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Fairfax swings to $47mn underwriting loss in Q3 as $605mn in cat losses outweigh top-line growth


Fairfax Financial Group swung to a $47mn underwriting loss during the third quarter of the year from a $52mn profit a year earlier, as $604.6mn of losses from Hurricane Ida and European floods outweighed top-line growth and lower Covid-19 losses.

Catastrophes in the period took a toll on the Canadian conglomerate’s combined ratio, which weakened to 101.1% from 98.5% in Q3 2020. The firm said Ida and European floods contributed almost 14 points to the deterioration in the consolidated margins.

Despite a weaker underwriting performance, the company booked operating profits per share of $16.44 in the third quarter of 2021, rising from the $4.44 per share posted a year earlier after paying preferred share dividends.

The Toronto-based conglomerate grew year-on-year gross written premiums 26% to almost $6bn from $4.7bn in Q3 2020, while net premiums soared 27% to $4.7bn from $3.7bn a year earlier.

fairfax q3 21 table.JPG

Underwriting: The deterioration in Fairfax’s margins was mainly driven by its operations in Odyssey Group and Brit. Odyssey’s combined ratio swung to a loss and rose to 109.5% from 99.4% in the prior year, while Brit’s combined ratio climbed to 118% from 114% after it was affected by its Ki Insurance division.

Fairfax said that Brit’s combined ratio in the third quarter excluding Ki operations was 114.2%, as the unit grows to scale following its launch in the fourth quarter of 2020.

However, other businesses from the Canadian conglomerate showed underlying improvements: Crum & Forster’s combined ratio declined to 97.5% from 99.3%, while Fairfax Asia’s dropped to 87.1% from 96% a year earlier.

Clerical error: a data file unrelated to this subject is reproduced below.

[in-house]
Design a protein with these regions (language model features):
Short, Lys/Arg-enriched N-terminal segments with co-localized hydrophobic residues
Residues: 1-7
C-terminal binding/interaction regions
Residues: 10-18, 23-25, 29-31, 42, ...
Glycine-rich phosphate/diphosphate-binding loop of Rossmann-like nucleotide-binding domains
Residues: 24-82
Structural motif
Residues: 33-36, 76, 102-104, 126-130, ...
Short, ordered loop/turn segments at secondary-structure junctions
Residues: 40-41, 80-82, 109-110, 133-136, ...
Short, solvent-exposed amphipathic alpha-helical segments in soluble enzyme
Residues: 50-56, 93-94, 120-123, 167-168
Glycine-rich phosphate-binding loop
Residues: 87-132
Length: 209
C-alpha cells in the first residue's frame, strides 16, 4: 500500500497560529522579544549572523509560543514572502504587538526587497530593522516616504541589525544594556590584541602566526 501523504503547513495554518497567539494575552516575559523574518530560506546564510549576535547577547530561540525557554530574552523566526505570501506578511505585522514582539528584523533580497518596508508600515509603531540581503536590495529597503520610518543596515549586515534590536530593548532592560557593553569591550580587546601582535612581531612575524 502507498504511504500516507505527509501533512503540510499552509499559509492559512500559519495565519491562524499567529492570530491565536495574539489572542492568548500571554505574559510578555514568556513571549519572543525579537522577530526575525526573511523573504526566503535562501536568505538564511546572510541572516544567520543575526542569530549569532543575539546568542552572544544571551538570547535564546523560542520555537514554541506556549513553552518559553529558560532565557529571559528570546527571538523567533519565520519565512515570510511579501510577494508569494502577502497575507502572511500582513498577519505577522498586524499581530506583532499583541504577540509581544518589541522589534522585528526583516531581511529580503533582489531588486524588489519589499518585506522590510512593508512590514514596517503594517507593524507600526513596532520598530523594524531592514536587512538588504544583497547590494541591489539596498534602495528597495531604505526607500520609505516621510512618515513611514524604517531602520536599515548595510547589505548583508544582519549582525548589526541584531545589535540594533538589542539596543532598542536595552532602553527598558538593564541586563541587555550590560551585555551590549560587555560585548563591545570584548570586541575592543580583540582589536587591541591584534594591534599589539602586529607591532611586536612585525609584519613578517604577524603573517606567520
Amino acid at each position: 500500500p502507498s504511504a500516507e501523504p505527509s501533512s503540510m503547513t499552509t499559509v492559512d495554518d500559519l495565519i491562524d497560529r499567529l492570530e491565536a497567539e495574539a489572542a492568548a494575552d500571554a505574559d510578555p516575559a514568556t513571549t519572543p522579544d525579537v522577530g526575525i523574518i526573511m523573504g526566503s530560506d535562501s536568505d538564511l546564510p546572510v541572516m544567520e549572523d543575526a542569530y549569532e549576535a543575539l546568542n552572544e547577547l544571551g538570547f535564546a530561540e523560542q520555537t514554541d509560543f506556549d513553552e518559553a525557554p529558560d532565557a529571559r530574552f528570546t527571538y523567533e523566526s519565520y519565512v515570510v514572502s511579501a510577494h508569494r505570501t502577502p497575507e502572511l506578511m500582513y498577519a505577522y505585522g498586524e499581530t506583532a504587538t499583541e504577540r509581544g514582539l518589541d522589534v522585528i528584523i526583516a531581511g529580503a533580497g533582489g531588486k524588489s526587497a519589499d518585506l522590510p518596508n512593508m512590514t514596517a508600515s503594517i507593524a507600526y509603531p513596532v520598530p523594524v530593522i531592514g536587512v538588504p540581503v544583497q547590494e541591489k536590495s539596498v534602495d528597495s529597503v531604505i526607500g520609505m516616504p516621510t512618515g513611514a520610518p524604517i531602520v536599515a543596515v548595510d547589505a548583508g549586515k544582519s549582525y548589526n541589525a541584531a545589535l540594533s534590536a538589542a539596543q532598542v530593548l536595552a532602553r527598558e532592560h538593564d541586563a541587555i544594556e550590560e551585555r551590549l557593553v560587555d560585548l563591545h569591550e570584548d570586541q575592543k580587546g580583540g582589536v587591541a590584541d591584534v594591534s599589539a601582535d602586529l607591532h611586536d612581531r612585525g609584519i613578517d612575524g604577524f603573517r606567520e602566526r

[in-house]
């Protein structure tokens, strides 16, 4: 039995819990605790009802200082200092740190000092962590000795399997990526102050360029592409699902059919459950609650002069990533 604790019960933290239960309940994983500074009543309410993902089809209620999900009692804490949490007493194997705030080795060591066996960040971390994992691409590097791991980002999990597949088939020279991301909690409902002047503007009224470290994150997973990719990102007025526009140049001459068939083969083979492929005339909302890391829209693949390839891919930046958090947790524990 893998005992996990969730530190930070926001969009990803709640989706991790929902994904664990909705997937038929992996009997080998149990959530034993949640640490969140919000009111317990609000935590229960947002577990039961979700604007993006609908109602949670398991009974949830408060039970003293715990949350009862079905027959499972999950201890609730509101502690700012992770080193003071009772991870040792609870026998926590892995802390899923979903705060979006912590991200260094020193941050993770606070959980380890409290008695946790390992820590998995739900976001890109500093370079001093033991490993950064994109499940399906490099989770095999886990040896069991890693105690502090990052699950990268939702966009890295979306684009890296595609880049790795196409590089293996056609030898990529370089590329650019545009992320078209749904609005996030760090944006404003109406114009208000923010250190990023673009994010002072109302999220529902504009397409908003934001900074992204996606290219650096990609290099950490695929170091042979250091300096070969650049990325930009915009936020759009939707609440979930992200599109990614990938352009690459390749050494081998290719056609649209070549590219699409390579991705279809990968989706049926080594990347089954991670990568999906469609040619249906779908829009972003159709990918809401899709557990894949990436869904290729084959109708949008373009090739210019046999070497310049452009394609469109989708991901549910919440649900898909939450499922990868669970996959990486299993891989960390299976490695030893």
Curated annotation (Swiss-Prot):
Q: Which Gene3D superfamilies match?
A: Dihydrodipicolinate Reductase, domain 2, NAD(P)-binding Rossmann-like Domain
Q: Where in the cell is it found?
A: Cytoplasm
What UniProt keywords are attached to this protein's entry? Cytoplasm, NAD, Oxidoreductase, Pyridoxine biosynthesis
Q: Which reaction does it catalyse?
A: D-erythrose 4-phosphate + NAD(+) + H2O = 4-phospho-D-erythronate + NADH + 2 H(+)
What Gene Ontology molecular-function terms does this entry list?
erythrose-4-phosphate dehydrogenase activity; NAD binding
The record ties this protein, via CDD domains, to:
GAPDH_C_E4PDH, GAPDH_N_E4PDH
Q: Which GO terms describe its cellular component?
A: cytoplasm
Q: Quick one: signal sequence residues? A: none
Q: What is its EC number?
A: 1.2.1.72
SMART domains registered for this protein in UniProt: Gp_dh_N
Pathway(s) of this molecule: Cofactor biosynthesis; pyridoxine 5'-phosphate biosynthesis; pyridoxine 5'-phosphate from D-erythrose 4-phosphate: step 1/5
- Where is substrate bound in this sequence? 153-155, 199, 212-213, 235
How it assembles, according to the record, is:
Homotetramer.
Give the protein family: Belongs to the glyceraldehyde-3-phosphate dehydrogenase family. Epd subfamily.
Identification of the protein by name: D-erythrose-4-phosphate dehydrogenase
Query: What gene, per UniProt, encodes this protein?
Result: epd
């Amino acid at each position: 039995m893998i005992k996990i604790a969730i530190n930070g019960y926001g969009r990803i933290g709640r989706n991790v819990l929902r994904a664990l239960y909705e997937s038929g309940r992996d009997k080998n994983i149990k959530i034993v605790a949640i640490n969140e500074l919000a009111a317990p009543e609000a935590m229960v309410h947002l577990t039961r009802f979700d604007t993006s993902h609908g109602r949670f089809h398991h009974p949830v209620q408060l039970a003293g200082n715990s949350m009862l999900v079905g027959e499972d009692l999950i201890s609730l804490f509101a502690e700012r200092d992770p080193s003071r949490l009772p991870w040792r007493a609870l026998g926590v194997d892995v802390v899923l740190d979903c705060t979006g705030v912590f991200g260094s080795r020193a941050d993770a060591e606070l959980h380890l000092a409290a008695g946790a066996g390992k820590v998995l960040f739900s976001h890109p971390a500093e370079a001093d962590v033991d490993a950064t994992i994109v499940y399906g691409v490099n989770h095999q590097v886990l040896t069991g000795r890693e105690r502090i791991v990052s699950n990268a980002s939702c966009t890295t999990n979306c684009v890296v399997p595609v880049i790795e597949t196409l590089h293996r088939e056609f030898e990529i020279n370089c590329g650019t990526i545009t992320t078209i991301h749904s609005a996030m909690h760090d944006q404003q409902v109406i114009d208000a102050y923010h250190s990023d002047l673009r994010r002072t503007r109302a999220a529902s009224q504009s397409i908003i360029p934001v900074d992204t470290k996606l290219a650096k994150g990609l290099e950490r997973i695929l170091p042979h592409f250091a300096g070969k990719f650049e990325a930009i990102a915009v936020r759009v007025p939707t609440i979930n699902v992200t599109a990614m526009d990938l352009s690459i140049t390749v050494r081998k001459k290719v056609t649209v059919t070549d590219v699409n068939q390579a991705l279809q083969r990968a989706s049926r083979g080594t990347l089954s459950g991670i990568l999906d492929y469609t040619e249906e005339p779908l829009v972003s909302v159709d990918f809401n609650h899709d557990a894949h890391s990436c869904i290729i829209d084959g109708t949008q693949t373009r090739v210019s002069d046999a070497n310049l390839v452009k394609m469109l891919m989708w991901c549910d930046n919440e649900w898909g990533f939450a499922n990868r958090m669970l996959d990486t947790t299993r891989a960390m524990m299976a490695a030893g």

Growth: Allied World’s top line grew almost 27% to $1.4bn from $1.1bn, and Odyssey Group’s gross written premiums rose 24.2% to $1.3bn from $1bn year-on-year.

Crum & Forster grew premiums by 18.5% to $962mn from $790mn, and Brit posted a 22% increase to $826mn from $597mn a year earlier.

Investments: Gains from interests and dividends at the Canadian conglomerate declined 6.8% to $119mn from $128mn in Q3 2020.

The company said its investments results in Q3 reflected its strategy of investing in shorter term debt and not reaching for yield, sales and maturities of US treasury bonds throughout 2020 and net sales of US corporate bonds in the first nine months of 2021.

Commentary: “Core underwriting performance in the third quarter of 2021 continued to be very strong, with growth in gross premiums written of 24.8%, despite significant catastrophe losses, principally from Hurricane Ida and the European floods,” said Fairfax’s chairman and CEO, Prem Watsa.

“We continue to focus on being soundly financed and ended the quarter with approximately $1.5bn in cash and investments in the holding company, our credit facility fully undrawn, and our debt to total capital ratio reduced to 25.7%."

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